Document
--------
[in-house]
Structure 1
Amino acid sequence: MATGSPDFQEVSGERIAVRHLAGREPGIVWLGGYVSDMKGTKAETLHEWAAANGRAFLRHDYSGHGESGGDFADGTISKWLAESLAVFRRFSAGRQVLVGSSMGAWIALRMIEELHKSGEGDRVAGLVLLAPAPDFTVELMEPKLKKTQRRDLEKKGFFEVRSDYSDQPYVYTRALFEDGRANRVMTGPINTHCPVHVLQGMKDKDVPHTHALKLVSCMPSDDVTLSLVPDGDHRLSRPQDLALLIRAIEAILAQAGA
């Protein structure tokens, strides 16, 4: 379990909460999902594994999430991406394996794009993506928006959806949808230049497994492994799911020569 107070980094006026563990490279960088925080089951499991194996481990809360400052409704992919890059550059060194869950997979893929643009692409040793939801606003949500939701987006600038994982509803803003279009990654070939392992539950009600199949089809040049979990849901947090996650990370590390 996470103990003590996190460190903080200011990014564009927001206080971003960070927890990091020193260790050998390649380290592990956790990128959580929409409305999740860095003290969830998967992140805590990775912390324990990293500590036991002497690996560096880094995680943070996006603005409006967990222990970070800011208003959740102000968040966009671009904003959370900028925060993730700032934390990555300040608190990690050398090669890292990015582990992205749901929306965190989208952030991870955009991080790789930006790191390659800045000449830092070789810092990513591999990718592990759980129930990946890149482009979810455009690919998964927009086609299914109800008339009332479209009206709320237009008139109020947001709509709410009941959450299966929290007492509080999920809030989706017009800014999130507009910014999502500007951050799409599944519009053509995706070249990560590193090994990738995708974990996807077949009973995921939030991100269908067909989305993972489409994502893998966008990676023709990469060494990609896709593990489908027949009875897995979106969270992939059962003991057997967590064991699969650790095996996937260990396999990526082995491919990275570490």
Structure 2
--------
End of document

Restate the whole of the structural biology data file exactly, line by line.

[in-house]
Structure 1
Amino acid sequence: MATGSPDFQEVSGERIAVRHLAGREPGIVWLGGYVSDMKGTKAETLHEWAAANGRAFLRHDYSGHGESGGDFADGTISKWLAESLAVFRRFSAGRQVLVGSSMGAWIALRMIEELHKSGEGDRVAGLVLLAPAPDFTVELMEPKLKKTQRRDLEKKGFFEVRSDYSDQPYVYTRALFEDGRANRVMTGPINTHCPVHVLQGMKDKDVPHTHALKLVSCMPSDDVTLSLVPDGDHRLSRPQDLALLIRAIEAILAQAGA
């Protein structure tokens, strides 16, 4: 379990909460999902594994999430991406394996794009993506928006959806949808230049497994492994799911020569 107070980094006026563990490279960088925080089951499991194996481990809360400052409704992919890059550059060194869950997979893929643009692409040793939801606003949500939701987006600038994982509803803003279009990654070939392992539950009600199949089809040049979990849901947090996650990370590390 996470103990003590996190460190903080200011990014564009927001206080971003960070927890990091020193260790050998390649380290592990956790990128959580929409409305999740860095003290969830998967992140805590990775912390324990990293500590036991002497690996560096880094995680943070996006603005409006967990222990970070800011208003959740102000968040966009671009904003959370900028925060993730700032934390990555300040608190990690050398090669890292990015582990992205749901929306965190989208952030991870955009991080790789930006790191390659800045000449830092070789810092990513591999990718592990759980129930990946890149482009979810455009690919998964927009086609299914109800008339009332479209009206709320237009008139109020947001709509709410009941959450299966929290007492509080999920809030989706017009800014999130507009910014999502500007951050799409599944519009053509995706070249990560590193090994990738995708974990996807077949009973995921939030991100269908067909989305993972489409994502893998966008990676023709990469060494990609896709593990489908027949009875897995979106969270992939059962003991057997967590064991699969650790095996996937260990396999990526082995491919990275570490």
Structure 2